3 reasons to stay away from Credit Corp (ASX: CCP) right now

Nick Sundich Nick Sundich, August 9, 2022

On 2 August, the ASX’s largest pureplay debt collector Credit Corp (ASX: CCP) was one of the first companies to release its FY22 results this reporting season. The company’s shares plunged 13% at market opening on Tuesday last week and have gradually recovered, but are still under water. Although the company grew its profit, things aren’t as rosy as the bottom line suggests and it is anyone’s guess what FY23 holds.

 

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Who is Credit Corp?

Credit Corp, as its name implies, is a debt collector. It purchases slabs of distressed debt at discounted rates from institutions, such as banks, and makes a profit as it recoups more of the debt back in payments. It also has a smaller division that collects debts on behalf of entities for a commission and a personal finance arm that lends money to people with bad credit histories.

During the Corona Crash, Credit Corp plunged by over 70% as investors feared that it would not be able to collect debts due to people’s distressed financial situations. Shares have recovered, but never reached their pre-Crash highs.

 

Credit Corp

Credit Corp share price chart, log scale (Source: Tradingview)

 

Credit Corp records a profit, but it isn’t all good news

Credit Corp’s past few annual earnings results have illustrated solid growth. In FY21, it generated an $88.1m profit, up 11%, followed up with a $96.2m profit in FY22. The raw results suggest the company is doing well, but the reality is more complicated.

The company was only able to achieve its acquisition of the Radio Rentals and Collection House New Zealand books. Purchased Debt Ledger (PDL) supply in the Australia/New Zealand debt buying markets failed to grow.

In the US, PDL investment saw growth of 18% as credit card debt rebounded. Nevertheless, this was short of levels commensurate with the amount of investment. The company blamed labour shortages for the result in the USA, but noted there was significant runway for growth.

 

What does FY23 hold for Credit Corp?

For FY23, Credit Corp expects an NPAT of $90-$97m, PDL acquisitions of $220-$260m and EPS of 133-143c per share. These are pretty wide ranges that give breathing room for the company to avoid shareholders becoming too disappointed by its results.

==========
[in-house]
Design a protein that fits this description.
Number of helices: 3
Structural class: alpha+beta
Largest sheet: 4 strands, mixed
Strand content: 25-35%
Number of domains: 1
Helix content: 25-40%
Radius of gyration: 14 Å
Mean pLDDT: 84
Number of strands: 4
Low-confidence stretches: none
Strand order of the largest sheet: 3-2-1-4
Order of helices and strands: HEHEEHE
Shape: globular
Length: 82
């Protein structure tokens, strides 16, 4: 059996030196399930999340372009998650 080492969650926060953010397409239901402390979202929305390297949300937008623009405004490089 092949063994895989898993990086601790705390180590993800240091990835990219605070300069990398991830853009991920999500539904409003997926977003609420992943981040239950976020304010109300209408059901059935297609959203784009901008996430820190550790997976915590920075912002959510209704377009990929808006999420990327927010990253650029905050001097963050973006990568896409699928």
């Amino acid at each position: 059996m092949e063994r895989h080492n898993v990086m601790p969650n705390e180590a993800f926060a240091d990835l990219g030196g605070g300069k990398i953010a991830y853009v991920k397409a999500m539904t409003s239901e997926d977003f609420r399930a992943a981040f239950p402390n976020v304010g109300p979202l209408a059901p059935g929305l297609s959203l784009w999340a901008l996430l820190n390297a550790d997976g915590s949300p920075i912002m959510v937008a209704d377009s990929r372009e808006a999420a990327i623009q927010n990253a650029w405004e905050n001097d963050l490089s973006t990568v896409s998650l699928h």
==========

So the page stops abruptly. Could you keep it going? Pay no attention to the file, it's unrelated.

The company admitted there wouldn’t be a significant recovery in Australia and New Zealand and that it will take time to overcome the US resourcing constraints.

 

Interest rates remain an uncertainty

It remains to be seen what impact rising interest rates will have on the company. If people repay their debt it could be positive for the company.

But the impact on future credit may be significant, meaning less business for the company to chase both in its debt collection business and Wallet Wizard cash loan product. Furthermore, there is a higher possibility of consumers defaulting on their debt.

Also remember that even though people have built up savings buffers and paid down debt during the pandemic, this was only possible thanks to government stimulus. Still, shareholders might be hopeful that Australians respond to the cost-of-living crisis, like Americans have, in turning back to credit cards.

 

Any companies involved in unsecured lending are too risky right now

The lagging share price of Credit Corp is not unique to the company. It has happened to many stocks in the lending space this year. Investors are fearing that there will be a significant slowdown in new business and that customers will struggle to keep up with repayments.

The saving grace with secured lending, such as mortgages, is that there is recourse for lenders if the debt cannot be paid. This cannot be said about unsecured debt, even if the average personal loan or credit card debt balance is well below the average mortgage.

So, we would avoid companies such as Credit Corp until central banks slow down the pace of interest rate rises.

 

 

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3 reasons to stay away from Credit Corp (ASX: CCP) right now 1

 

 

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